Gideon Rachman notes that the American Empire fad of 2002-2003 now seems well behind us but he’s got some worries:
Some worry that a world without a dominant “imperial” power will be more dangerous. Who will ensure order? Who will keep the shipping lanes open and set the rules for the global financial system? The idea that all these things will be peacefully settled at the United Nations does not seem realistic.
I think it’s worth trying to draw a few distinctions here. Most of all, the idea of the United States acting in an “imperial” manner, shouldn’t be conflated with the United States acting through military force. The United States can engage in imperial, but non-military conduct. We could, for example, do our best to strangle the the economy of Cuba unless it adopts a form of government we approve of and return the property of the previous dictatorship’s elite. But we can also act in a way that’s military, but not imperial; stationing troops in West Germany to deter a Soviet invasion. Or we might act in response to acts of direct aggression perpetrated against the United States, as when the Taliban was working hand-in-glove with al-Qaeda and al-Qaeda was blowing up America’s largest office towers and so we worked to help anti-Taliban Afghans overthrow the Taliban government.
Similarly, the idea of things being settled at the United Nations isn’t the same as them being settled peacefully. One thing the United Nations can do is authorize the use of military force to eliminate a threat to world peace. Another thing the United Nations Charter does is recognize the inherent right of nations to engage in individual or collective self-defense.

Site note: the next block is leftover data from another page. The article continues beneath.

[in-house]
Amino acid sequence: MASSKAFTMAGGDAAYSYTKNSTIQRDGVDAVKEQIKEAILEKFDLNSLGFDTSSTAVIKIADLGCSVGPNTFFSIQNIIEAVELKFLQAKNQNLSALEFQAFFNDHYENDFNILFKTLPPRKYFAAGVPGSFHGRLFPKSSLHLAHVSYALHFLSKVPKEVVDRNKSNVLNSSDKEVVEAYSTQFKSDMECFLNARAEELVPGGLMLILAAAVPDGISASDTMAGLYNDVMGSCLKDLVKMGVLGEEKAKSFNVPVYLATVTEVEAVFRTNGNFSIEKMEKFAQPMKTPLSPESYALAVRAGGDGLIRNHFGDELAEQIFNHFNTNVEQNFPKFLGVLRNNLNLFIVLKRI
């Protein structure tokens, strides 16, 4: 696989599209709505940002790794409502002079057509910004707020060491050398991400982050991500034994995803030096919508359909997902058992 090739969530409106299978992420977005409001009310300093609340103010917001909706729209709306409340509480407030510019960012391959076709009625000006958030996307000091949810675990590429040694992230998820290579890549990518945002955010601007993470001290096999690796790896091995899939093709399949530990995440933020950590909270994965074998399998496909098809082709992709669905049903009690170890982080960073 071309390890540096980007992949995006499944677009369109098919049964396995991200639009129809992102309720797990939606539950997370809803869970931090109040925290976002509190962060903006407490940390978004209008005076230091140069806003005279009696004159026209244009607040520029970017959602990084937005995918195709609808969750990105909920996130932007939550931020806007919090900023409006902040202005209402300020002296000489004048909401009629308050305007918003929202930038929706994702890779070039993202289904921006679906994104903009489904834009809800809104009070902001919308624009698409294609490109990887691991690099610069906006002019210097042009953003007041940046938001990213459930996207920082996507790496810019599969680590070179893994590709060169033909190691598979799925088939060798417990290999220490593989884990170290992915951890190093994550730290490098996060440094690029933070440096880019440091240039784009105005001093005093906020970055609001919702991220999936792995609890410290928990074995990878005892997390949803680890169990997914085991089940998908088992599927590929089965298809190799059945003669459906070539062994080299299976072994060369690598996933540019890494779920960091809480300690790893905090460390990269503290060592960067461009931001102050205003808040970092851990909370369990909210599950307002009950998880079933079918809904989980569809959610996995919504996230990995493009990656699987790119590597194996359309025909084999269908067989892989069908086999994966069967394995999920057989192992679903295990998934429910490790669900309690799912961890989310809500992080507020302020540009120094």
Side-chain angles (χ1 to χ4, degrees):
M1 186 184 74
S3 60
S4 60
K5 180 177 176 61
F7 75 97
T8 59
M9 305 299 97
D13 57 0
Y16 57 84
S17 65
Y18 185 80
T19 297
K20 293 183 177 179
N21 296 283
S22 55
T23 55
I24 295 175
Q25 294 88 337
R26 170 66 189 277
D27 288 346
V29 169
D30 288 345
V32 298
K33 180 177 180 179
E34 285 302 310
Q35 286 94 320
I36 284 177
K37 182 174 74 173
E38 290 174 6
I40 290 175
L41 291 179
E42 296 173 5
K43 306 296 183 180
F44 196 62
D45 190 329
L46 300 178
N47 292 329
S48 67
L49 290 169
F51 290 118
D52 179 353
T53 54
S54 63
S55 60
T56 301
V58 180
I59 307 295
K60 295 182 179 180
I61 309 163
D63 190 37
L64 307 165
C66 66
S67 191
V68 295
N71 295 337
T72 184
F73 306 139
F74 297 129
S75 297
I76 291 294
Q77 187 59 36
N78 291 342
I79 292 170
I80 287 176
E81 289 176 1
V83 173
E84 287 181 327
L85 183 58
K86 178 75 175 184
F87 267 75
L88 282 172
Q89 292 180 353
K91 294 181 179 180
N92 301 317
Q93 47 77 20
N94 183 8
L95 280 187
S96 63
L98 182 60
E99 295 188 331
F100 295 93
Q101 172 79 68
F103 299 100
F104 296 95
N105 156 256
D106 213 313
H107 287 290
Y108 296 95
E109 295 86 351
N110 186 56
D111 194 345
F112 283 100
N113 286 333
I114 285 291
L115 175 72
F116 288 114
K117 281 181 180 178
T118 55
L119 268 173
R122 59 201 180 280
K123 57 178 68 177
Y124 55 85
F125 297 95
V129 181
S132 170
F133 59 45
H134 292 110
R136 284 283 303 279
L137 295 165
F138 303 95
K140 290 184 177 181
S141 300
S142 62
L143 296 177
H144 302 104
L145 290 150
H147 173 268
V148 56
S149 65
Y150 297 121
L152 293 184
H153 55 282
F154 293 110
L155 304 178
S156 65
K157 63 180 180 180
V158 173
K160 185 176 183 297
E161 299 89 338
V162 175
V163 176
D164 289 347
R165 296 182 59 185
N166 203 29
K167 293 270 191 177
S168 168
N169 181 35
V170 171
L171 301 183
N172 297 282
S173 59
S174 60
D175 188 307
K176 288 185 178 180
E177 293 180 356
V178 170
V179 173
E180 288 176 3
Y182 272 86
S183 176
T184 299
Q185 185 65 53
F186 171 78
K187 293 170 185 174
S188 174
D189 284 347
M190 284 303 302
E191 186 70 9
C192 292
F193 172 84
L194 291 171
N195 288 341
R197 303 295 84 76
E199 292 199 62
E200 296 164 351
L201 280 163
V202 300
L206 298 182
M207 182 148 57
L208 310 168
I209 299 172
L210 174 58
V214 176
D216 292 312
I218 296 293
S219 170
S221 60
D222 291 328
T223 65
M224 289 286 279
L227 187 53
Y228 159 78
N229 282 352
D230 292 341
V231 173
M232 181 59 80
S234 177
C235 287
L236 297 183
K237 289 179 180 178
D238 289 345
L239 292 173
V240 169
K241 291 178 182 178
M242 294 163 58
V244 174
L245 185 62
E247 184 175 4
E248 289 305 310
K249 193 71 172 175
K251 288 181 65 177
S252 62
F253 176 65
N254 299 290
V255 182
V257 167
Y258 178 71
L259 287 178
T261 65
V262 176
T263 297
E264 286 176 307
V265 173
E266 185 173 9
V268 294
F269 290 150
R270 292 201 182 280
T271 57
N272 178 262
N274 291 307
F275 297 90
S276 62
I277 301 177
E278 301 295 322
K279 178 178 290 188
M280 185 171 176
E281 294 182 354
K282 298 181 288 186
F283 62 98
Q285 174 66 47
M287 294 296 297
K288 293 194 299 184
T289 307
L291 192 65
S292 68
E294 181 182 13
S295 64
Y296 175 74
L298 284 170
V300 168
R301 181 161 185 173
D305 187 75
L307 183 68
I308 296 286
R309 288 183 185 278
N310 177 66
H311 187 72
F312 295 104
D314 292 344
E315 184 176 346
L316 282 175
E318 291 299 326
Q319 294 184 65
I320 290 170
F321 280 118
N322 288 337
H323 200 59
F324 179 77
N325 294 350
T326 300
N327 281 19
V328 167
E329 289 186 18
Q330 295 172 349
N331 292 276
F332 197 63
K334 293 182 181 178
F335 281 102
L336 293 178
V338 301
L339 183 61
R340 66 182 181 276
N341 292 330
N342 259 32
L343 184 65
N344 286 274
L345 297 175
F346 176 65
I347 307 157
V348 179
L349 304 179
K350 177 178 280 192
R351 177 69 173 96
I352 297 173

The specter of imperialism raises its head pretty specifically when the United States proposes that we ought to be able to launch unilateral military strikes against countries that aren’t attacking anyone else. Since the United States obviously doesn’t endorse a general right of countries to engage in that sort of war-fighting (if India, say, decided to take advantage of political problems in Pakistan to invade or if Syria mounted a preventive attack on Israel’s WMD facilities), we’re envisioning not a world of American leadership, but a world of American domination. And that’s what’s not working for us.
It’s worth being clear about this, because I think the general trajectory Rachman’s argument takes is basically right. America will soon be experiencing a period of war-weariness where there’ll be a general desire to “do less” in the world. But if one defines the alternative to the Bush/Cheney brand of imperial domination purely in terms of “doing less” then inevitably the time will come once again when it seems necessary and appropriate to “do something” and, indeed, it often is a good idea to do something. But America playing an active role in the world doesn’t mean America seeking to dominate the world, and avoiding a quest for domination doesn’t mean eschewing the use of military force in all circumstances — it means working through legitimate institutional mechanisms.